The HMRC offers guidance for non-UK residents to check if you have to pay the Stamp Duty Land Tax (SDLT) surcharge from 1 April 2021 on residential property in England and Northern Ireland. It’s no April fool’s day prank that, from 1 April 2021, different rates of SDLT apply to purchasers of residential property in England and Northern Ireland who are non-UK residents. The new rates are two percent higher than for UK residents. This surcharge applies to purchases of both freehold and leasehold property and also certain UK resident companies that are controlled by non-UK residents.
There are more qualifications such as; the surcharge applies to all ‘non-resident transactions’, so even if you intend to live in the property you must pay the surcharge when you buy a major interest in a freehold residential property of £40,000 or more. The bottom line is stamp duty is higher.
As with many rules and regulations and changes in the UK the surcharge does not apply to purchases of land or buildings in Scotland or Wales.There is further information available from the HMRC as well as the usual guidance examples. If you were unaware of these changes, or other changes for other taxes as a non-UK resident, the best way to check what you have to pay and what you don’t is to ask a good, professional non-UK resident tax advisor, like The Taxman UK.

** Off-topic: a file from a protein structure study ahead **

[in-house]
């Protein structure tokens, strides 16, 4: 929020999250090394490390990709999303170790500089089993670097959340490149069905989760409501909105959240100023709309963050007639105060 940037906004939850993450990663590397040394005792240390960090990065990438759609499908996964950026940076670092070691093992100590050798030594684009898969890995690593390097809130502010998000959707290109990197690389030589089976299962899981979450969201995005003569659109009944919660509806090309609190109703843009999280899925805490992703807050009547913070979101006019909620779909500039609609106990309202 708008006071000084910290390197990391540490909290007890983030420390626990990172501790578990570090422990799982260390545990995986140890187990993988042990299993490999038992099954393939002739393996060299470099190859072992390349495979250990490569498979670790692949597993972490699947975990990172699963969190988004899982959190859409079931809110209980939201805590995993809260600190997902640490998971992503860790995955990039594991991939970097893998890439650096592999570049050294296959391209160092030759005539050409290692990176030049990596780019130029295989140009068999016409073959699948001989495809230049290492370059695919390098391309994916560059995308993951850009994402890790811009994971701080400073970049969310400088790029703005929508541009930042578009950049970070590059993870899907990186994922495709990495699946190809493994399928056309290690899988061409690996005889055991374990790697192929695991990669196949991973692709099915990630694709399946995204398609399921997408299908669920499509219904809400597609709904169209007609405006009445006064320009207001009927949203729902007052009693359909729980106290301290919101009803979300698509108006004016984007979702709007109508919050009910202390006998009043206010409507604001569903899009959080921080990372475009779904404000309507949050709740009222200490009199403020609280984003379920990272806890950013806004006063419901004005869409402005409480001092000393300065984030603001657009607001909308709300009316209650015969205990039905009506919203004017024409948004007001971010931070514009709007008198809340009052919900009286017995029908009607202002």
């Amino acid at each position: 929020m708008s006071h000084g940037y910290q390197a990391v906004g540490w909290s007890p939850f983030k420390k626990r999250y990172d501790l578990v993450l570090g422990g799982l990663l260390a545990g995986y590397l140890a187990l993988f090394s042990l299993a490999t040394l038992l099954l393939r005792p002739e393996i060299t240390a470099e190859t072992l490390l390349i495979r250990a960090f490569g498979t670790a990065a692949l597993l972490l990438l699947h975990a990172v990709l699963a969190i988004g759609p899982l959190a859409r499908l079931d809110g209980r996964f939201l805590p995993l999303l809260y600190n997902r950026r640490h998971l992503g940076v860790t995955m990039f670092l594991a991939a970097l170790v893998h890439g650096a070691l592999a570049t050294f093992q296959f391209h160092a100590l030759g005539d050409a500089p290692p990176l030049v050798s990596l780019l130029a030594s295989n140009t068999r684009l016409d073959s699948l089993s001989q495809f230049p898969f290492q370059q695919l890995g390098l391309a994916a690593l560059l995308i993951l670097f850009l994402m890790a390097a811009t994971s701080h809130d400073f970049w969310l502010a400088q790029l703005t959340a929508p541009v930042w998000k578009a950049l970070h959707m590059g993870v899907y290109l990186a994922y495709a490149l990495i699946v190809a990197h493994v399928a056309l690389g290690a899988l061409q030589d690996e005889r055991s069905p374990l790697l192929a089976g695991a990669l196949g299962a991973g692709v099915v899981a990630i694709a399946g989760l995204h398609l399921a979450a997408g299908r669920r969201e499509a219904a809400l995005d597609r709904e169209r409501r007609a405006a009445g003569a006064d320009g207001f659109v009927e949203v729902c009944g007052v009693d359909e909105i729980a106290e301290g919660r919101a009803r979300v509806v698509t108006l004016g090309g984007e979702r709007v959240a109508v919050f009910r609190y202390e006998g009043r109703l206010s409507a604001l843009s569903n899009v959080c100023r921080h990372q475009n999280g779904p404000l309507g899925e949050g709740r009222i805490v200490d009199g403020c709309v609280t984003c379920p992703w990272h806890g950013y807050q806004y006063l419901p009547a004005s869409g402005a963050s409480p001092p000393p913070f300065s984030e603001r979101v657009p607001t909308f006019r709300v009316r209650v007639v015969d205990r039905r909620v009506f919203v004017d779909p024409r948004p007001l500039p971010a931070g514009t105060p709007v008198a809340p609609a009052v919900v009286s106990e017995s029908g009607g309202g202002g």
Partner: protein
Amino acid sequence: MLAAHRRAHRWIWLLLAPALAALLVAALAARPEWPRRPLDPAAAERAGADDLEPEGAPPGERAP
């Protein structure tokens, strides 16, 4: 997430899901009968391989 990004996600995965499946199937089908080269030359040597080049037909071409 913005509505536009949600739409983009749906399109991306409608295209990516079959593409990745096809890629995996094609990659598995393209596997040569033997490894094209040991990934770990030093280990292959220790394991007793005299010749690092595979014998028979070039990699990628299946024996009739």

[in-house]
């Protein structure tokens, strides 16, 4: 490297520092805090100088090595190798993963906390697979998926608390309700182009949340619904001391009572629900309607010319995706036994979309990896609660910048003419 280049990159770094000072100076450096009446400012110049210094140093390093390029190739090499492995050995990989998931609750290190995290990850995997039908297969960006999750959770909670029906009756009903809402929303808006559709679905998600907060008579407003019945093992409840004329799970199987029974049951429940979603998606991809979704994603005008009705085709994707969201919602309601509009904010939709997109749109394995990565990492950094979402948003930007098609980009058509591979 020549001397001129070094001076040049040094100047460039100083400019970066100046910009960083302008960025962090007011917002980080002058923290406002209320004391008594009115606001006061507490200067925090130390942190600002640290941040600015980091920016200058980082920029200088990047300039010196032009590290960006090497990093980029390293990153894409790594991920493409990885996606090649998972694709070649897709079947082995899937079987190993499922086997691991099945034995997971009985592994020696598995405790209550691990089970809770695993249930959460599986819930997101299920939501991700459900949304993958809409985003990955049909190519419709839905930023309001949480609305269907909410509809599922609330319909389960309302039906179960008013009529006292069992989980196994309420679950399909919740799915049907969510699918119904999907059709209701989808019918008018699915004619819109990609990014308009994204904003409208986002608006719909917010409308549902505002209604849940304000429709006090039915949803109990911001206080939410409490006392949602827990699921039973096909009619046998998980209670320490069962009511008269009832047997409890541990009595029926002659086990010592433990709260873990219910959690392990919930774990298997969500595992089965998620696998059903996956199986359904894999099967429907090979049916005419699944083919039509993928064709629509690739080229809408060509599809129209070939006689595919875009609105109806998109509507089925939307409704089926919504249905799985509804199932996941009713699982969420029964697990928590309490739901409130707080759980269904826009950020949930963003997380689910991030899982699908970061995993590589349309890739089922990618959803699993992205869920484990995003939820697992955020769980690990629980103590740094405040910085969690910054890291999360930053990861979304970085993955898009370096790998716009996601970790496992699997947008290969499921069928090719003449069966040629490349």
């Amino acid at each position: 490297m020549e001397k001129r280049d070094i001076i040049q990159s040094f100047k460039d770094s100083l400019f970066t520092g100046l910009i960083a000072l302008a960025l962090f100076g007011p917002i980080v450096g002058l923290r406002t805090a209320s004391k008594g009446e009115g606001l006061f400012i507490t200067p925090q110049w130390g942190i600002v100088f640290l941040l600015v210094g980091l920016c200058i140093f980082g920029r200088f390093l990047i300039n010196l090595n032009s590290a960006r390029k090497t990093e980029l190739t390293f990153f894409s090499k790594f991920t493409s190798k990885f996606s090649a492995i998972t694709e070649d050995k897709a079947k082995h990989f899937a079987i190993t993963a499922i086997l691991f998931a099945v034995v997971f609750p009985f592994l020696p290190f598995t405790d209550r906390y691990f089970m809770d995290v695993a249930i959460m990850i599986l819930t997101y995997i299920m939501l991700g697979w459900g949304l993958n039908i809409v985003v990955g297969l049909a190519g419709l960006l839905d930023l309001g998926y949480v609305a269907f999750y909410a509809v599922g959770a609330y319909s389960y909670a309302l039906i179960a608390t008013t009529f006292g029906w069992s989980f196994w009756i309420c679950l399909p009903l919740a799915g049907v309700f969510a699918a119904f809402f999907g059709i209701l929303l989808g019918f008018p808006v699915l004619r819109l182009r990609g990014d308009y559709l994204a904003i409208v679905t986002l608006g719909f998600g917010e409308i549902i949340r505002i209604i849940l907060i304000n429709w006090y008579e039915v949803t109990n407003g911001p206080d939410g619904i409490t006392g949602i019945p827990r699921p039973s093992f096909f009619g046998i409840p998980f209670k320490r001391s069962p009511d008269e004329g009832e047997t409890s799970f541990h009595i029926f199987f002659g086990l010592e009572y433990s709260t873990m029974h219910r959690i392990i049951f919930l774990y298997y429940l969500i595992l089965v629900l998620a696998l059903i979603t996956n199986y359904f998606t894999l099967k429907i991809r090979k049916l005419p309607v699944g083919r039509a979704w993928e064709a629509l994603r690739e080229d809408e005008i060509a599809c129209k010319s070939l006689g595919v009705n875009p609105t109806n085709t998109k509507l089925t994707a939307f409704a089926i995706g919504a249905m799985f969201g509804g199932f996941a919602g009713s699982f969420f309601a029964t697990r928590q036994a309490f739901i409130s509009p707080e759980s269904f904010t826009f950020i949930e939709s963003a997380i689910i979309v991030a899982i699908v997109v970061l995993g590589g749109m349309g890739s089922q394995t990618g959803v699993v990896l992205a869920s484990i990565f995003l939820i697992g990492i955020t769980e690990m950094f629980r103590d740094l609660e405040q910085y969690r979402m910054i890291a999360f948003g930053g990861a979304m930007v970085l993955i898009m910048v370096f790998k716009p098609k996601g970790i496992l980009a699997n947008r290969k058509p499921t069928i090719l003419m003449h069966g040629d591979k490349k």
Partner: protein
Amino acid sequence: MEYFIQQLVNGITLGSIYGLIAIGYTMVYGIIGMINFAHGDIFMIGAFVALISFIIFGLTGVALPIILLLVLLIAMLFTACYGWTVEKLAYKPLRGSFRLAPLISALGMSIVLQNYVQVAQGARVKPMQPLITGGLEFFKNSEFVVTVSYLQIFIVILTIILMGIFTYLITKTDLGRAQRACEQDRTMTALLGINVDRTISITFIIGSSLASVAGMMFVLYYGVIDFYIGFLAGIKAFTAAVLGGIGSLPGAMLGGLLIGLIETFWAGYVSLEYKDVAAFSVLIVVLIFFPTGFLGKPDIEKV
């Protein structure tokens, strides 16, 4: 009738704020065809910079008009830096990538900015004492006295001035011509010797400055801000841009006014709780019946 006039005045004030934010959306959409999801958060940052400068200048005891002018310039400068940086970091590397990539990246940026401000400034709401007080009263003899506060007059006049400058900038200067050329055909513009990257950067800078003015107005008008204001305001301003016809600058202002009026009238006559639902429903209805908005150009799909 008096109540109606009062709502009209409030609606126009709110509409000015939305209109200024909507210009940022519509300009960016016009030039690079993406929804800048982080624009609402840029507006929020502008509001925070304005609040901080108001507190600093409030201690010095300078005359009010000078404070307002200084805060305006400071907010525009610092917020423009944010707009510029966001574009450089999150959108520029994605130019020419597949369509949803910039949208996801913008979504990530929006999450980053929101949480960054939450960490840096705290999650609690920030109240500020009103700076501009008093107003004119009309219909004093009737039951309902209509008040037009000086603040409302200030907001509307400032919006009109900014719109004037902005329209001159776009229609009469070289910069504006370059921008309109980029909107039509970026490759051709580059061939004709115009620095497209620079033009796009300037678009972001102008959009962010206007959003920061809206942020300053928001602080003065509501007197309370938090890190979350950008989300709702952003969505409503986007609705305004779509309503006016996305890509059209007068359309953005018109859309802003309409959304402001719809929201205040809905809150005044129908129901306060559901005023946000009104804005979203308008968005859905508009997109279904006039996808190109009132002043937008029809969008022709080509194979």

At The Taxman UK our team of qualified and experienced non-UK resident tax advisors are right up to date with the latest changes in the HMRC rules and regulations, not just on stamp duty and country differences in the UK but, on a range of other tax areas including; inheritance tax, National Insurance, capital gains and more. The Taxman UK specialises in helping non-UK residents with their annual tax returns to HMRC.
Please don’t hesitate to contact one of our experienced non-UK resident tax advisors by sending us an enquiry at email@example.com for an initial consultation. Good tax advice will save you time, money and stress, whether you are planning to buy a house in England or Northern Ireland or not.
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